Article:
I finally managed to set aside some time to read OpenLayers Cookbook, written by Antonio Santiago. Antonio is a great developer (you should definitely check his blog for some cool spatial development stuff) and a really nice guy, so I was looking forward to see how the book had turned up.
As the rest of the Packt Cookbook series, the book is based on increasingly complex small code “recipes” that focus on a particular aspect of OpenLayers development. The recipes are grouped in thematic chapters, starting with the Web Mapping Basics, which covers topics like base layers and overlays, map controls and extent.
Next chapters are related with Raster and Vector layers, showing some examples on how to load different layer types and data formats, and exploring concepts like Protocols and Strategies, which can be sometimes tricky for new users.
The book moves onto Events (how to listen to map, feature and DOM events) and Controls. The Controls chapter gives a really good overview on how to add them to the map and configure them to interact with the map and layers.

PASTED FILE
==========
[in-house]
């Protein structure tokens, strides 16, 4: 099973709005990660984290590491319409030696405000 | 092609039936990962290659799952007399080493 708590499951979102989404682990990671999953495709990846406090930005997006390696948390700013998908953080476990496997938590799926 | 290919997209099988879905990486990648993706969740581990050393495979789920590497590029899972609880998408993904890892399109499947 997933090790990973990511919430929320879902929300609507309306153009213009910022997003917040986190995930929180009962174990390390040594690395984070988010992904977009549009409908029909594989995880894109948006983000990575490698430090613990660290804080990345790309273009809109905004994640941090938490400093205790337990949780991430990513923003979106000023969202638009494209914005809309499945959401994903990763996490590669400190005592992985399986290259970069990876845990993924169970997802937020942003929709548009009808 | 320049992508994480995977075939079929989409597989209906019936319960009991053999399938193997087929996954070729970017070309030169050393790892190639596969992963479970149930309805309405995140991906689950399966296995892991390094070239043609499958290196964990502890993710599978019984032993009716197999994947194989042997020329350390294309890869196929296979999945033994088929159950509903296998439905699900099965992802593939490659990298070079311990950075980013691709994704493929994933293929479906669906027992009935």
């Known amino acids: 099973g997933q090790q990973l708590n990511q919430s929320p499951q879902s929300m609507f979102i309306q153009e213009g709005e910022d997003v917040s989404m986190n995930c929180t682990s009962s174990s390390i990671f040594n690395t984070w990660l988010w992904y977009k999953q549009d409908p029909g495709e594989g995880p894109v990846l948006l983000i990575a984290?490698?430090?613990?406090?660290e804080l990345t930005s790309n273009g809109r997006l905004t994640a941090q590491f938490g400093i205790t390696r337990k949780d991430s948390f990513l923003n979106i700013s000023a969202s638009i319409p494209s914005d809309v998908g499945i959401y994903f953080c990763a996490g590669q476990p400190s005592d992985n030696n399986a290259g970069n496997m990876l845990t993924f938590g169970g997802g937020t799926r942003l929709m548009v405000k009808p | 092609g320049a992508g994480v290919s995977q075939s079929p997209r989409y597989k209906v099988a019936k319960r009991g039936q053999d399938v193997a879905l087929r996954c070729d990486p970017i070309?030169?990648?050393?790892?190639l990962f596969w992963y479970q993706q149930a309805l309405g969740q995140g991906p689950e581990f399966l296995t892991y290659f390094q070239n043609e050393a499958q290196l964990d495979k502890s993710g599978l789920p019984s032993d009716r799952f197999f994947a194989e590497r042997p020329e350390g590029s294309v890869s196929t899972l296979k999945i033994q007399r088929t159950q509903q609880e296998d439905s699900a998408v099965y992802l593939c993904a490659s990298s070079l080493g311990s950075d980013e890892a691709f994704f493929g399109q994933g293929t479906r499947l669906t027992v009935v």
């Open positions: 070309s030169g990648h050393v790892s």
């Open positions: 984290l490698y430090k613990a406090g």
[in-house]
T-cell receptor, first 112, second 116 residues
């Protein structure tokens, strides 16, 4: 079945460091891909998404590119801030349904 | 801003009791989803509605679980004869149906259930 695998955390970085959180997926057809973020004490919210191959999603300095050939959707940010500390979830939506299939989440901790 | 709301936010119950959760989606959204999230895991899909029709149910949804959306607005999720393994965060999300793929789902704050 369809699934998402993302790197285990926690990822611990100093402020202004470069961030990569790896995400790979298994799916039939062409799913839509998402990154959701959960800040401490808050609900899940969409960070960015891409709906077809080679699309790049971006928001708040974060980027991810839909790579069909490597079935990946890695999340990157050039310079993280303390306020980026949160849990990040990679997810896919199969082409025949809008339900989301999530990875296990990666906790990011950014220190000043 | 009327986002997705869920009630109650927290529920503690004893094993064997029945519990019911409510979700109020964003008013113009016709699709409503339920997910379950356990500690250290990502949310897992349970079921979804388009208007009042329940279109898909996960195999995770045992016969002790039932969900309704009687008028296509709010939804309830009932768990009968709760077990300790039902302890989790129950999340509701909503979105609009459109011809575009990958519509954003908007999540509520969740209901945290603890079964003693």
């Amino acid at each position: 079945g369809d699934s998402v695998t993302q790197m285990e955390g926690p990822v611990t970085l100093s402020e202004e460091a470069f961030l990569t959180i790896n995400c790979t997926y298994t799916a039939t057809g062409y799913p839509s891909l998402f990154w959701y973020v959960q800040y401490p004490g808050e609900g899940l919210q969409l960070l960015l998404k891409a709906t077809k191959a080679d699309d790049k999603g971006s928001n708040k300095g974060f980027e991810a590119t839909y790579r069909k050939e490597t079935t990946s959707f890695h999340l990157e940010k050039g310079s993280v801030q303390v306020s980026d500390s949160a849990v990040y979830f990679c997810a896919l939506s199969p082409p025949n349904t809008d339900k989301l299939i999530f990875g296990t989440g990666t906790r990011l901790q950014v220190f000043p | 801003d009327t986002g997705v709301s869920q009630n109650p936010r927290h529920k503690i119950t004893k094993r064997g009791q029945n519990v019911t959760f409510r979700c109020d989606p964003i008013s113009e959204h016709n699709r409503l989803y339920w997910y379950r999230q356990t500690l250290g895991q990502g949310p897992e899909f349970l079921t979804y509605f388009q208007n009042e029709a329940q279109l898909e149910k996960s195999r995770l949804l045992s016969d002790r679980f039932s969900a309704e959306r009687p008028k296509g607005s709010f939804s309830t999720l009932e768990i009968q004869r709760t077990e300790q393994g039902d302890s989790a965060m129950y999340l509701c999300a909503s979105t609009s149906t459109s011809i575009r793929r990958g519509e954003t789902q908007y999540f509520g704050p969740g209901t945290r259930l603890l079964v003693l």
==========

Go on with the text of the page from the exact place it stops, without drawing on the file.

Next comes the Theming chapter, which goes as far as OpenLayers will allow you to change its default looks. The next one, Styling Features is particularly comprehensive and covers all aspects of working with vector features with really nice examples, one of the points were OpenLayers is really powerful.
The last chapter, Beyond the Basics, explores more complex stuff with a couple of nice examples of more advanced uses of OpenLayers. Creating custom controls is particularly useful once you start working on big OpenLayers based applications. Some of the other recipes are perhaps a bit specific but give a good introduction to some useful OpenLayers features.
In conclusion, the book is very comprehensive and well written, and a lot of effort has obviously gone into it. All the recipes are included as web examples that can be downloaded from the publisher’s web and opened in a browser. Antonio is clearly an expert on the field and this shows on the code and the explanations around it. The book is more orientated to novice and beginner users, and more experienced OpenLayers developers will probably skim through some of the recipes. All in all, a great book for your first dive into OpenLayers.